Hundreds of Wellington students are marching in protest against sexual violence in the law profession, in the wake of sexual assault allegations against Russell McVeagh.
Victoria University students marched along Lambton Quay, clad in black, chanting "Russell McVeagh, assaulting people's not ok" on Thursday afternoon.
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The students are calling for Russell McVeagh to be suspended from all Government work until their external review is complete, and for all law firms to adopt a set of demands including a zero tolerance approach to sexual assault and harassment in the workplace.
Student Isabella Lenahin-Ikin says the protest is in solidarity with friends and colleagues who have been sexually harassed and assaulted in the workplace, and particularly the legal profession.
"We're all law students and we decided that enough is enough, and that we want to stand up to the legal profession and tell them that we don't accept anymore stories of sexual assault or harassment coming out."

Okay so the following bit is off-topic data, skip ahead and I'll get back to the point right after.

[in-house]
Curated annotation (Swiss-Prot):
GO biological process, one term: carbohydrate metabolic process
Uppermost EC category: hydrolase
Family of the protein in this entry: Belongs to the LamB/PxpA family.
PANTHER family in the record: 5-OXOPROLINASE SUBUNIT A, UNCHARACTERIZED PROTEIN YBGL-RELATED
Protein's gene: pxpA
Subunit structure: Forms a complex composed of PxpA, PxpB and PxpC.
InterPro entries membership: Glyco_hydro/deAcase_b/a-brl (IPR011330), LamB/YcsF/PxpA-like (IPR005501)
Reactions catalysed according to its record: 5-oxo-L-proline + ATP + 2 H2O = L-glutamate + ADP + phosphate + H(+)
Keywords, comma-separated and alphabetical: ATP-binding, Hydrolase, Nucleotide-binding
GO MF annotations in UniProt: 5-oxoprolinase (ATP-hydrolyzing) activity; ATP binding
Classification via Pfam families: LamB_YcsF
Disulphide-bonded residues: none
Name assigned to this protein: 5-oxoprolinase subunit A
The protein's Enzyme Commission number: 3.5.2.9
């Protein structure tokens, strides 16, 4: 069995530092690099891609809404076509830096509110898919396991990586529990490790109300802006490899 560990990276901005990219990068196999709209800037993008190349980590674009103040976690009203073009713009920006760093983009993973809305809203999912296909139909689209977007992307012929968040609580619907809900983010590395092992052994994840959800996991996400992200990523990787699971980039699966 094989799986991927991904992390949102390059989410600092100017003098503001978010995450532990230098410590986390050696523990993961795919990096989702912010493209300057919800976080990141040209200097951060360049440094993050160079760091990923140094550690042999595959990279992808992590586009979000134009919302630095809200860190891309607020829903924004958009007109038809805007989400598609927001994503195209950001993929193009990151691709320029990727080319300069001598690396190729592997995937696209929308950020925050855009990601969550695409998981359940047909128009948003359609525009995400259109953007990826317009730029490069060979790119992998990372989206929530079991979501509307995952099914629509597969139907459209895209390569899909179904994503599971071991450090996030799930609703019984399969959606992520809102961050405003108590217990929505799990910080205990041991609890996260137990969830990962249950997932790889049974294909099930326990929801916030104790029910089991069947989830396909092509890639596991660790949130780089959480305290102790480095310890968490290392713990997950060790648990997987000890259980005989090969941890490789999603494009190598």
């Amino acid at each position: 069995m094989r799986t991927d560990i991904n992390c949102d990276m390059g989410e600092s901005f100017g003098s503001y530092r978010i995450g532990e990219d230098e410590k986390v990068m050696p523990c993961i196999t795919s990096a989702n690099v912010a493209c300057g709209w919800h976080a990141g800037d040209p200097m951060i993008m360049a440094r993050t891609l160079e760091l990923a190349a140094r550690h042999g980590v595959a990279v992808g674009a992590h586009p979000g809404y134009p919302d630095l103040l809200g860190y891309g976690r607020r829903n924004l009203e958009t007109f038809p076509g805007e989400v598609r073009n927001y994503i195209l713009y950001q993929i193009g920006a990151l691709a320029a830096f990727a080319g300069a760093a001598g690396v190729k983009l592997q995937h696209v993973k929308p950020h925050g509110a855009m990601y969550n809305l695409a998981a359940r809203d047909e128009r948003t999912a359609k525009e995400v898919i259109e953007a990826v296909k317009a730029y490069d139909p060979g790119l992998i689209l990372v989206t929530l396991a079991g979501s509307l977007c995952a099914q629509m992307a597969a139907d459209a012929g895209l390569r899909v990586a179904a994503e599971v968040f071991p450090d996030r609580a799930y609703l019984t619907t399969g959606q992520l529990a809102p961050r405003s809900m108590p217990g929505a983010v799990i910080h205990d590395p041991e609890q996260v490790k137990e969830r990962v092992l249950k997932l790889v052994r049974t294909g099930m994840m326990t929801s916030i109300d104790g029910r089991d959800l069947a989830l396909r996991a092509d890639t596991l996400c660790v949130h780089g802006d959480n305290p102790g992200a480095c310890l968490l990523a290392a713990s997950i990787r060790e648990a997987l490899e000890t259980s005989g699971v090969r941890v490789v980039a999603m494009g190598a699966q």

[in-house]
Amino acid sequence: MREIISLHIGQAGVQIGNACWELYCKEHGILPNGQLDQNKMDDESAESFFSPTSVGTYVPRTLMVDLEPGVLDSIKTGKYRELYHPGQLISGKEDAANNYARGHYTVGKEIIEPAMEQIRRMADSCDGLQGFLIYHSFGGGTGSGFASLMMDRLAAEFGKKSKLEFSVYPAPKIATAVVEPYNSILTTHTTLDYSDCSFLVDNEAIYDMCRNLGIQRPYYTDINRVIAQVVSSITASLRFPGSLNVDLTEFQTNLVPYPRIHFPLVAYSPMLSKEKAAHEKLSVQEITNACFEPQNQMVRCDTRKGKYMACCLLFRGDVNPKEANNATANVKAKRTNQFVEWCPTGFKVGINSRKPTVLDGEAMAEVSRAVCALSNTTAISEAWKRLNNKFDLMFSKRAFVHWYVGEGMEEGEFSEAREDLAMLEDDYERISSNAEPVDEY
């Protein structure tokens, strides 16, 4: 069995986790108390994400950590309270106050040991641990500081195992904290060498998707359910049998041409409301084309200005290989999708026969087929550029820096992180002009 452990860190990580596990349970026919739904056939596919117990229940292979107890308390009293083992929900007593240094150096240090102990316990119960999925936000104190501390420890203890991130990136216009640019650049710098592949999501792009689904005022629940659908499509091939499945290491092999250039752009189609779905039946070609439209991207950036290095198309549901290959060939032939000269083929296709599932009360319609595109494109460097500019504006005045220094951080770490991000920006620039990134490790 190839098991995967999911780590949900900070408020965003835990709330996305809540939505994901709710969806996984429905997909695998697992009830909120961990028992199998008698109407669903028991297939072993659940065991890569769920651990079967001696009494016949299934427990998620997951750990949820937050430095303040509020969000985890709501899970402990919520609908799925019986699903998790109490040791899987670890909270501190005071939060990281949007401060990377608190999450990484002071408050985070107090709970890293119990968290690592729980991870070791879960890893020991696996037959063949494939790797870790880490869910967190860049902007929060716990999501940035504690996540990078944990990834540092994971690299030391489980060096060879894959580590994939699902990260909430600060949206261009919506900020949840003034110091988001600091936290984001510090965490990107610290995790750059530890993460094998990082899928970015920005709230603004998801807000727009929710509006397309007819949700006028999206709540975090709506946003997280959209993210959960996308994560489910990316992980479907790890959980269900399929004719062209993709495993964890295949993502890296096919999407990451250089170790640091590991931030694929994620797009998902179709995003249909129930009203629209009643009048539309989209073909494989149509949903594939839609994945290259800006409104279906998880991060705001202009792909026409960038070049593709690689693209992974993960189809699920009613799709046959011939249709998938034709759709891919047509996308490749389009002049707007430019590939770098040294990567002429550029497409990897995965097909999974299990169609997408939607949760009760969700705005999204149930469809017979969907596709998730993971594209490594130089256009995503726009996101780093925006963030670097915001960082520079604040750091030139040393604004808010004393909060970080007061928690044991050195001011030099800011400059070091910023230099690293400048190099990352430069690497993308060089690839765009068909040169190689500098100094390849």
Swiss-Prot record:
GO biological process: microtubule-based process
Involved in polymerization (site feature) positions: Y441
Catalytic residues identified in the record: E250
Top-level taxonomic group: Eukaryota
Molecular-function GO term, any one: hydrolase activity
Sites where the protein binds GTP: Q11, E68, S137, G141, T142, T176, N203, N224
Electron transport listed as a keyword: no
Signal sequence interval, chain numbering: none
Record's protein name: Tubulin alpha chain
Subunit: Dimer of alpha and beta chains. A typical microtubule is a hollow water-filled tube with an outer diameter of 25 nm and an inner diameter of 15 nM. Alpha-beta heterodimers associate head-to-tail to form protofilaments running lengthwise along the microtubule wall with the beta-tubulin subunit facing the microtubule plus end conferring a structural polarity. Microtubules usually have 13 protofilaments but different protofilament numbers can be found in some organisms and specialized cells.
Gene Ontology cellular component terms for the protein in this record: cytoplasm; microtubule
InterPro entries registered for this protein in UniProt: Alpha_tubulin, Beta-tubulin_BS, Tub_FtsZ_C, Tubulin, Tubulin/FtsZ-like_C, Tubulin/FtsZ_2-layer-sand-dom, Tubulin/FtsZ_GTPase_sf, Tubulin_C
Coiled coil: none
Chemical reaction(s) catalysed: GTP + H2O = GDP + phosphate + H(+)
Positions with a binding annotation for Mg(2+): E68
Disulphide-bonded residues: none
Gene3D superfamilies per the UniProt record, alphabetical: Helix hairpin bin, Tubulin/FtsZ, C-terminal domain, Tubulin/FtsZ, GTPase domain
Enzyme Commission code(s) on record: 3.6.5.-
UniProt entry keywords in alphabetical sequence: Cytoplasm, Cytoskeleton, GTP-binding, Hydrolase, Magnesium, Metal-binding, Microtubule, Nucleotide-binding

She said the problem was not isolated to Russell McVeagh.
"There are stories like this at other law firms, they just haven't come out."
VUWSA Welfare Vice President and fifth year law student Bethany Paterson said the turnout at the protest "goes to show how many people care about this issue, that they will turn up to the party".
"Russell McVeagh started this conversation to allow us to speak about the wider culture within the legal profession which is harrowing, to be honest, the stories on Zoe Lawton's anonymous blog showing instances of sexual assault in the workplace. Harrowing, truly harrowing."
The students marched from the university's Law School to Midland Park, where Russell McVeagh's office is located.
The students also chanted: "Wherever we work, wherever we go, yes means yes and no means no!"
And: "What do we want? Student safety. When do we want it? We want it now"
The march was led by the Victoria University of Wellington Students Association (VUWSA) and the VUW Feminist Law Society (VUWFLS).
The students dressed in black in solidarity with the Thursdays in Black campaign, which advocates for a world free from rape and violence.
Russell McVeagh has been contacted for comment about the protest.